Boom! Alzira’s problems explode

I didn’t think that I would be devoting any more lines in this blog to the Ribera Health Department, the past is in the past. But the Works Council press conference last Tuesday brought a feeling of déjà vu. Listening to them speak, the language they used, the deplorable state of the centre and the dire consequences of the reversal for professionals, was like returning to the start of 2018. That moment when a comprehensive audit, entrusted to an independent organisation, warned of exactly the same problems that the trade unions were reporting last week. A report which was, without doubt, sent to that very council, the Health Department and the same president of the Generalitat but… which fell on deaf ears.

The problems which now exist relating to incentive payments to professionals, internal promotion, transfers and staff development, were all predicted. Furthermore, it is difficult for me to understand how some people did not have the ability to foresee the damage, it was clear that the incorporation of staff in public administration would be difficult, -(there are still a number of related legal proceedings pending)-, that so many La Ribera workers’ privileges, with regard to their fellow public healthcare workers, would certainly not be adopted. Yes. Privileges.

As the person responsible for management during Alzira Hospital’s best stage, I have always stated that we are only human, we made some mistakes and undoubtedly we could have done some things much better. But what I am tremendously proud of is having done everything possible to provide the best healthcare for the public, as well as the best working conditions for professionals. I repeat, healthcare is a sector where people work for people.

That is why collective agreements adopted by Hospital de La Ribera during Ribera Salud´s management were welcomed by ‘all’ trade unions. Because 95% of the workforce had a permanent contract, a real possibility of internal promotion and guaranteed training opportunities. Because whilst working for the concessionaire, Hospital de La Ribera employees were paid between 2% and 6% more than their colleagues in other public hospitals with an incentive system which was pioneering in Spain. Because more than 600,000 euros was invested in the courses they required and they had access to family friendly agreements which do not exist in Public Administration, where neither has it been possible to keep the advantageous terms of the Equality Plan.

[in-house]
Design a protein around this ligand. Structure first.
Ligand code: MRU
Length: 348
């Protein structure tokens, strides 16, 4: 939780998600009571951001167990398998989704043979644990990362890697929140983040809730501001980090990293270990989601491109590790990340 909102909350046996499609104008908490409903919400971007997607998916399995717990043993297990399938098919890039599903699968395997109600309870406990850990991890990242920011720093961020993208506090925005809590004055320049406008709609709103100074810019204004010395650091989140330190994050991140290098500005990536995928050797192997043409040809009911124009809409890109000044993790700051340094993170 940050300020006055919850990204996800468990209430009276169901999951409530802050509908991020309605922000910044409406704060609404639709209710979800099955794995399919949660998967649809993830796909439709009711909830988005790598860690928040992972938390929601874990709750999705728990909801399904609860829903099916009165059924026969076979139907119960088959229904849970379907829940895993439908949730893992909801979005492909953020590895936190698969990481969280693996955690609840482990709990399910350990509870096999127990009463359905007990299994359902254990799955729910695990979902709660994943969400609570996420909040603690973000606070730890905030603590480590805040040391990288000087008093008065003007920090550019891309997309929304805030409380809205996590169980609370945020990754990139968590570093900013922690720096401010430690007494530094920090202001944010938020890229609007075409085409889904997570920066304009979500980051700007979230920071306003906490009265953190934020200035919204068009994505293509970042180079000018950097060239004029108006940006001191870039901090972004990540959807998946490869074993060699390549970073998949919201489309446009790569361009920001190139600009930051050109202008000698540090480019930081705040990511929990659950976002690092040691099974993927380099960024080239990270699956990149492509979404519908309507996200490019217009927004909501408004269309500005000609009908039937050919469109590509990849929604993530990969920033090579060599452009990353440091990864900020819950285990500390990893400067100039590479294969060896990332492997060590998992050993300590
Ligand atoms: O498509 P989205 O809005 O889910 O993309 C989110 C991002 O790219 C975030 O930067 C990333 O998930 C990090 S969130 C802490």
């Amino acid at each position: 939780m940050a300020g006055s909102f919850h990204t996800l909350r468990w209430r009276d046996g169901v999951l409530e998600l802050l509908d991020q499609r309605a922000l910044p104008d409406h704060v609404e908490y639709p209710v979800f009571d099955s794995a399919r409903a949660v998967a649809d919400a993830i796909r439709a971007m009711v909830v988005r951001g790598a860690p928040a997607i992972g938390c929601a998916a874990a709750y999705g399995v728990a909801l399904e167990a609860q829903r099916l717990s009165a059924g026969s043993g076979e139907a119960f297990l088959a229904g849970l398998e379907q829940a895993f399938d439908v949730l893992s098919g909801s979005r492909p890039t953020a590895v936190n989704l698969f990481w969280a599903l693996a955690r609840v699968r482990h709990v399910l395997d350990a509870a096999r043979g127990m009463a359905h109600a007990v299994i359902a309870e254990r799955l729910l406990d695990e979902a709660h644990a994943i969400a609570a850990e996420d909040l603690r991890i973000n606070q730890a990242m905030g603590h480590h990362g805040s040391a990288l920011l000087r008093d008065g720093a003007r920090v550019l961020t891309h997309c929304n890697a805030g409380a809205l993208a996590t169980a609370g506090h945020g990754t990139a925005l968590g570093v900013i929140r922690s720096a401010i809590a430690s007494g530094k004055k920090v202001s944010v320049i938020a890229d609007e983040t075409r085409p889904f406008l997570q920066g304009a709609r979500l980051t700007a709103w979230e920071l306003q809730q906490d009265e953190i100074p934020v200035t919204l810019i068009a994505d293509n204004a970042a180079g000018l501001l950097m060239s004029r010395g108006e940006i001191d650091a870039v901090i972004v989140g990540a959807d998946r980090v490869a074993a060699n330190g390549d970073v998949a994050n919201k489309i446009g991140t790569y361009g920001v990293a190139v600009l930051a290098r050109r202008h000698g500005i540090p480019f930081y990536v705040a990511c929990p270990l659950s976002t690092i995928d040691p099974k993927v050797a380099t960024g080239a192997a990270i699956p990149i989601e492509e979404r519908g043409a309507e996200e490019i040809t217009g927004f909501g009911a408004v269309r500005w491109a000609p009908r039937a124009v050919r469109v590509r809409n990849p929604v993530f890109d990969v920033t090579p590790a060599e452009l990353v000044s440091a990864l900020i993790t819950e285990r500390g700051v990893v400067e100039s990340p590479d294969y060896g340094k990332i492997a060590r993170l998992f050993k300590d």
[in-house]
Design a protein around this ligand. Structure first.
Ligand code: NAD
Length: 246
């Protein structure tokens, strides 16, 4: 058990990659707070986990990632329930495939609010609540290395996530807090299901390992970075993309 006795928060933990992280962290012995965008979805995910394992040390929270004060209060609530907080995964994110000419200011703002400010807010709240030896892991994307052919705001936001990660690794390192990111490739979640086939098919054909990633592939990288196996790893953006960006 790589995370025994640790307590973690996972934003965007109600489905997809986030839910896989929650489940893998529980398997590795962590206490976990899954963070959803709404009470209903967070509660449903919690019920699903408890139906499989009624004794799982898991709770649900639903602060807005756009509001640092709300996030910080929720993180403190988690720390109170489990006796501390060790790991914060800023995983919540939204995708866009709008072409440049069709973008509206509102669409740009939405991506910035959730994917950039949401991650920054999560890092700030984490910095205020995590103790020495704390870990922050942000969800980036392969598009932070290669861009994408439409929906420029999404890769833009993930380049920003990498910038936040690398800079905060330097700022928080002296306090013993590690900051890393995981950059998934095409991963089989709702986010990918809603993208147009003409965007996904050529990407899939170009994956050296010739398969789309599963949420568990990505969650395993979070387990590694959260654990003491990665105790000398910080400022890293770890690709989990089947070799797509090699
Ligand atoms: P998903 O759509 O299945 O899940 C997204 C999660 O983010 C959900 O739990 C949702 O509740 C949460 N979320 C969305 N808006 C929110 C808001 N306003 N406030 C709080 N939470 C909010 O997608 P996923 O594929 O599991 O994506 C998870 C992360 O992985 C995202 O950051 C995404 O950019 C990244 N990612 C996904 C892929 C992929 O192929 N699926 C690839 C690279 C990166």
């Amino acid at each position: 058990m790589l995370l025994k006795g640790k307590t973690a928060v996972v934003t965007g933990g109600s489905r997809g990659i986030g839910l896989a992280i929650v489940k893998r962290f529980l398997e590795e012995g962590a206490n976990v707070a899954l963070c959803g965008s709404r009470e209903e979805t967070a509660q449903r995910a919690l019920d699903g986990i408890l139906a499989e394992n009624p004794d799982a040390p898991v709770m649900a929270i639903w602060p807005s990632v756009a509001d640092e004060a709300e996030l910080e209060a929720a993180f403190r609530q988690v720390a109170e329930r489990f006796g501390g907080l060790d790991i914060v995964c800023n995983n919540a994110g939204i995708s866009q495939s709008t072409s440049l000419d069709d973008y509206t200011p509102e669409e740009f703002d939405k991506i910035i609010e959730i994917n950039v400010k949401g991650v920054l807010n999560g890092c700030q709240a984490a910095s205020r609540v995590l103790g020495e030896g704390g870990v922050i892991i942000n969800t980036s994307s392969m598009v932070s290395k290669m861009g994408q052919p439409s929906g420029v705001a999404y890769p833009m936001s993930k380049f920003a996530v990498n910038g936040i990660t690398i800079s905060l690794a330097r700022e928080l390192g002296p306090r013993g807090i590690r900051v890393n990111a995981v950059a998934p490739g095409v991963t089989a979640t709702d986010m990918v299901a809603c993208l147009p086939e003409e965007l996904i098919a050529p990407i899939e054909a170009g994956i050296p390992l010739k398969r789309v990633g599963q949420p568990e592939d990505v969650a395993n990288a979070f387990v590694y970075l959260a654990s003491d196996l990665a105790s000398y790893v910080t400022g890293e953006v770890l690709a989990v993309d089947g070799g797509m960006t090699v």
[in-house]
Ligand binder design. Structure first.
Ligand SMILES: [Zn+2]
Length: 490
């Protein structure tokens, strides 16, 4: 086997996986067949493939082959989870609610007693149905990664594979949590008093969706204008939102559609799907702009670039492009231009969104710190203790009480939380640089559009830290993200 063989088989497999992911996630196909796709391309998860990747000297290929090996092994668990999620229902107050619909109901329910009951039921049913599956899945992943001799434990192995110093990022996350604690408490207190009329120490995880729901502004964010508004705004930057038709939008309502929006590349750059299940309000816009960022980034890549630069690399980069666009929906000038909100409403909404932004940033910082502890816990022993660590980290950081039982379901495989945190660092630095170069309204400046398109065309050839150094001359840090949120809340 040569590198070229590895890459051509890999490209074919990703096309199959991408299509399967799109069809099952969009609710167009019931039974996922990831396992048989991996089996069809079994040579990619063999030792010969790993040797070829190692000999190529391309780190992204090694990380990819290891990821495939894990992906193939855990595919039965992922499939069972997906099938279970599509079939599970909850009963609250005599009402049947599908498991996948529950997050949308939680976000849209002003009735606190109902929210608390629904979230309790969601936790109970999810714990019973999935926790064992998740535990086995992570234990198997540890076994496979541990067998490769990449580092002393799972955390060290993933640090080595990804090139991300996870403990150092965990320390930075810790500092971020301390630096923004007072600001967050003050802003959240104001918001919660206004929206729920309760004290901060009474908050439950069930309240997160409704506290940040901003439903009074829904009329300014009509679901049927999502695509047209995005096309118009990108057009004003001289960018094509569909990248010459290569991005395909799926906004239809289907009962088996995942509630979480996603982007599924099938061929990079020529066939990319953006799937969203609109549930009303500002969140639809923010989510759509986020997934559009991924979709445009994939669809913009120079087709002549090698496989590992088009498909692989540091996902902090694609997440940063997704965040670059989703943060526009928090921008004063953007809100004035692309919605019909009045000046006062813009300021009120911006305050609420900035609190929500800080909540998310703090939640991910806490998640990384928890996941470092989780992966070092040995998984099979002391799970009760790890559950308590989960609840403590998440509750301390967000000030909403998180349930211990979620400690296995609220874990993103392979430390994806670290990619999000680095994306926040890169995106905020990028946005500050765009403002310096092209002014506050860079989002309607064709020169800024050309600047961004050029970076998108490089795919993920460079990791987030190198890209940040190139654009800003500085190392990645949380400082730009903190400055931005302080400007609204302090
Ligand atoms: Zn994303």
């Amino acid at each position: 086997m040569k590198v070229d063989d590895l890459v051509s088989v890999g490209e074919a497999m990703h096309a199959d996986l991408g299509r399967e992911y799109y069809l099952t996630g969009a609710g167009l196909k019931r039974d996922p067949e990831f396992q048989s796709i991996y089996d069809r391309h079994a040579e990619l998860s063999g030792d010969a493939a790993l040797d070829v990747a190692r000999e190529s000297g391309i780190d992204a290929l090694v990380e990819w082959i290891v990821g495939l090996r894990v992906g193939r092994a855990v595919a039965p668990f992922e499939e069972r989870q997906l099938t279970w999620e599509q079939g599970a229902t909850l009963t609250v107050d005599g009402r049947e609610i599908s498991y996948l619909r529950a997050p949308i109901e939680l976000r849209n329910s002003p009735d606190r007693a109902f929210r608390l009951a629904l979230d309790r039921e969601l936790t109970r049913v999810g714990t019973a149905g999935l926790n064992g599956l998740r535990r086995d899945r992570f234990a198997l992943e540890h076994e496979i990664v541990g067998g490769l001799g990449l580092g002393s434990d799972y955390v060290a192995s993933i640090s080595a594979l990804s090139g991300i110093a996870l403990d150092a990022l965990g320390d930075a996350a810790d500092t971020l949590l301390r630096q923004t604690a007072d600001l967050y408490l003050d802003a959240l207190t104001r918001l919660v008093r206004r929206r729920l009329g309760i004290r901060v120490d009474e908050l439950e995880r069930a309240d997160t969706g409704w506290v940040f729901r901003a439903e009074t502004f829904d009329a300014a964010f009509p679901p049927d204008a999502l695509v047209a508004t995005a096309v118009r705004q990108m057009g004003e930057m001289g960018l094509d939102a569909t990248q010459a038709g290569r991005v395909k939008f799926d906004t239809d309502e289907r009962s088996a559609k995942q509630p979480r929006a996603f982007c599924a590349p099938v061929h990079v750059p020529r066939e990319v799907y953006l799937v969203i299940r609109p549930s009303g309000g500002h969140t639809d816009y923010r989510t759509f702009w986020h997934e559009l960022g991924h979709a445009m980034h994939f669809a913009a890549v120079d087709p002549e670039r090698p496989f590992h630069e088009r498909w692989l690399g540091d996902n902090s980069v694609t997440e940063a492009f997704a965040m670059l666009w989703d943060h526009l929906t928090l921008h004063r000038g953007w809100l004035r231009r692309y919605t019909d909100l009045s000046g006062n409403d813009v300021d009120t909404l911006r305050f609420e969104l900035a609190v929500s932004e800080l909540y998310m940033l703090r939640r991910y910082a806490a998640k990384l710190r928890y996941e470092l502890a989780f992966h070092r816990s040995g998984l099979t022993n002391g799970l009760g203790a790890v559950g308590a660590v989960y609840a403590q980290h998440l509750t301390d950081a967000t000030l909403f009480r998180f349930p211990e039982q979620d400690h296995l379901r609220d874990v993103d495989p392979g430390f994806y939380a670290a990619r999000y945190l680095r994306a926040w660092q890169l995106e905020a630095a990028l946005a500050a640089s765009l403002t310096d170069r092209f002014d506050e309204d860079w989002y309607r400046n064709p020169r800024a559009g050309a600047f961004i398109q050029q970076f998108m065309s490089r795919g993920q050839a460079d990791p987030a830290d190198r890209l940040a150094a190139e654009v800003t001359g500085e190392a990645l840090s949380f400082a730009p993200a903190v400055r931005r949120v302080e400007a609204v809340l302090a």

When management depended on the concessionaire, the well-being of our workers was always as important to us as that of the public. As a result, whilst being concession employees, they identified being happy in their work which was reflected in satisfaction surveys. Staff were not missing work, neither were there many sick days as a result of harassment or anxiety; something that unfortunately has been happening too frequently in the last 15 months. In fact, absenteeism has doubled from 2.7% to 5.4% in just one year!

“We are the best health professionals in the Community of Valencia”, said a union representative during the press conference. “The Health Department has been impressed by our training,”, boasted another. “We have spent 20 years working and obtaining spectacular healthcare results,”, pointed out a third, with a fourth stating, “Previously the company kept us updated on everything, now we don’t even receive a response to our emails.” It truly moves me to hear them say this, because they hardly mentioned the value of the previous concessionaire’s management as an essential part of these great achievements; I don’t mind recognising that this successful model’s leading figures were professionals from throughout the La Ribera Health Department.

Brave professionals, untiring workers, who were anxious to learn and to provide the public with the best and most advanced healthcare, always ready to innovate, advance and stay one step ahead of any other hospital in Spain. With pride in their work and a feeling of belonging, this large group of people became the best healthcare platform that any health department could wish for. A job well done is paid with money, but no one can pay the satisfaction that those of us who formed part of that project all felt when we experienced those results at first hand, through patients’ voices and the way they talked about their hospital and their physicians.

Now the unions recognise that they have “endured” the last 15 months, that no one tells them anything and that rights have been lost. Yes, physicians are leaving. But nursing staff, porters and administrative staff are also leaving because “they see no possibility of internal promotion.” They assured us that this wouldn’t happen. But it is… Someone should sit up and take notice, because this did not happen with the concessionaire company and, so that my opinion can remain on public record: unless someone intervenes, this is just the start of the disaster, the first step has to be to recognise the mistake and the second to reverse it.

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